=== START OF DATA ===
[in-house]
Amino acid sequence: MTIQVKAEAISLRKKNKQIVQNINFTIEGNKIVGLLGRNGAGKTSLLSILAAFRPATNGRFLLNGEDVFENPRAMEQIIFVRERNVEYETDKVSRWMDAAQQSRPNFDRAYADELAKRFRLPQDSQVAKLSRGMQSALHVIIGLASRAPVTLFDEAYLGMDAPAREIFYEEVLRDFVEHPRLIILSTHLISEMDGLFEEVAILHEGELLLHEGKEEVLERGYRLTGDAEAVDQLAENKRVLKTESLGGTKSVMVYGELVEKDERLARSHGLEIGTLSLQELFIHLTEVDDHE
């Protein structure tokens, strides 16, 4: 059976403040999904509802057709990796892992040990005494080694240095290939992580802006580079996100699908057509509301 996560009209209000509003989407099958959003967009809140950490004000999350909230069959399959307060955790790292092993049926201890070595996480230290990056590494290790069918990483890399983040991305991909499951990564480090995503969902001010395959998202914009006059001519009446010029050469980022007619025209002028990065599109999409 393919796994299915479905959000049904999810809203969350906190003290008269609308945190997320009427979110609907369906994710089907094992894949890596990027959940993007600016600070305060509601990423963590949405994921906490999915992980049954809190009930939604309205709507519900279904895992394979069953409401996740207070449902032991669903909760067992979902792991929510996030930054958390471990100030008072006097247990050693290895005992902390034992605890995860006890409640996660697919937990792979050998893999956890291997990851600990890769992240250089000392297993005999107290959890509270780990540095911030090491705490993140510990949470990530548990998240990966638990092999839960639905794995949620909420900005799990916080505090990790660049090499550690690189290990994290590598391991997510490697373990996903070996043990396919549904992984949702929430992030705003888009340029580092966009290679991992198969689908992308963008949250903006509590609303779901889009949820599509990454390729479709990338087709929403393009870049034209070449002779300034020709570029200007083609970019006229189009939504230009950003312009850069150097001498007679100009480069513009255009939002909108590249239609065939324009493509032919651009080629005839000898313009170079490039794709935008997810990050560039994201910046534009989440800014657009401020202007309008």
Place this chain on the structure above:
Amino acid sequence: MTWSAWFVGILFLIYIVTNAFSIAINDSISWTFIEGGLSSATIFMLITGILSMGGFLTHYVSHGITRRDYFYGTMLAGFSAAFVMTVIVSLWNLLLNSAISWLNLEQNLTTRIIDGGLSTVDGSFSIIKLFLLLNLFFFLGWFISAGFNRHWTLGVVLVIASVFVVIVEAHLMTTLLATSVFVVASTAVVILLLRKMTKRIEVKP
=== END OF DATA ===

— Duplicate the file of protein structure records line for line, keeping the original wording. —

[in-house]
Amino acid sequence: MTIQVKAEAISLRKKNKQIVQNINFTIEGNKIVGLLGRNGAGKTSLLSILAAFRPATNGRFLLNGEDVFENPRAMEQIIFVRERNVEYETDKVSRWMDAAQQSRPNFDRAYADELAKRFRLPQDSQVAKLSRGMQSALHVIIGLASRAPVTLFDEAYLGMDAPAREIFYEEVLRDFVEHPRLIILSTHLISEMDGLFEEVAILHEGELLLHEGKEEVLERGYRLTGDAEAVDQLAENKRVLKTESLGGTKSVMVYGELVEKDERLARSHGLEIGTLSLQELFIHLTEVDDHE
């Protein structure tokens, strides 16, 4: 059976403040999904509802057709990796892992040990005494080694240095290939992580802006580079996100699908057509509301 996560009209209000509003989407099958959003967009809140950490004000999350909230069959399959307060955790790292092993049926201890070595996480230290990056590494290790069918990483890399983040991305991909499951990564480090995503969902001010395959998202914009006059001519009446010029050469980022007619025209002028990065599109999409 393919796994299915479905959000049904999810809203969350906190003290008269609308945190997320009427979110609907369906994710089907094992894949890596990027959940993007600016600070305060509601990423963590949405994921906490999915992980049954809190009930939604309205709507519900279904895992394979069953409401996740207070449902032991669903909760067992979902792991929510996030930054958390471990100030008072006097247990050693290895005992902390034992605890995860006890409640996660697919937990792979050998893999956890291997990851600990890769992240250089000392297993005999107290959890509270780990540095911030090491705490993140510990949470990530548990998240990966638990092999839960639905794995949620909420900005799990916080505090990790660049090499550690690189290990994290590598391991997510490697373990996903070996043990396919549904992984949702929430992030705003888009340029580092966009290679991992198969689908992308963008949250903006509590609303779901889009949820599509990454390729479709990338087709929403393009870049034209070449002779300034020709570029200007083609970019006229189009939504230009950003312009850069150097001498007679100009480069513009255009939002909108590249239609065939324009493509032919651009080629005839000898313009170079490039794709935008997810990050560039994201910046534009989440800014657009401020202007309008």
Place this chain on the structure above:
Amino acid sequence: MTWSAWFVGILFLIYIVTNAFSIAINDSISWTFIEGGLSSATIFMLITGILSMGGFLTHYVSHGITRRDYFYGTMLAGFSAAFVMTVIVSLWNLLLNSAISWLNLEQNLTTRIIDGGLSTVDGSFSIIKLFLLLNLFFFLGWFISAGFNRHWTLGVVLVIASVFVVIVEAHLMTTLLATSVFVVASTAVVILLLRKMTKRIEVKP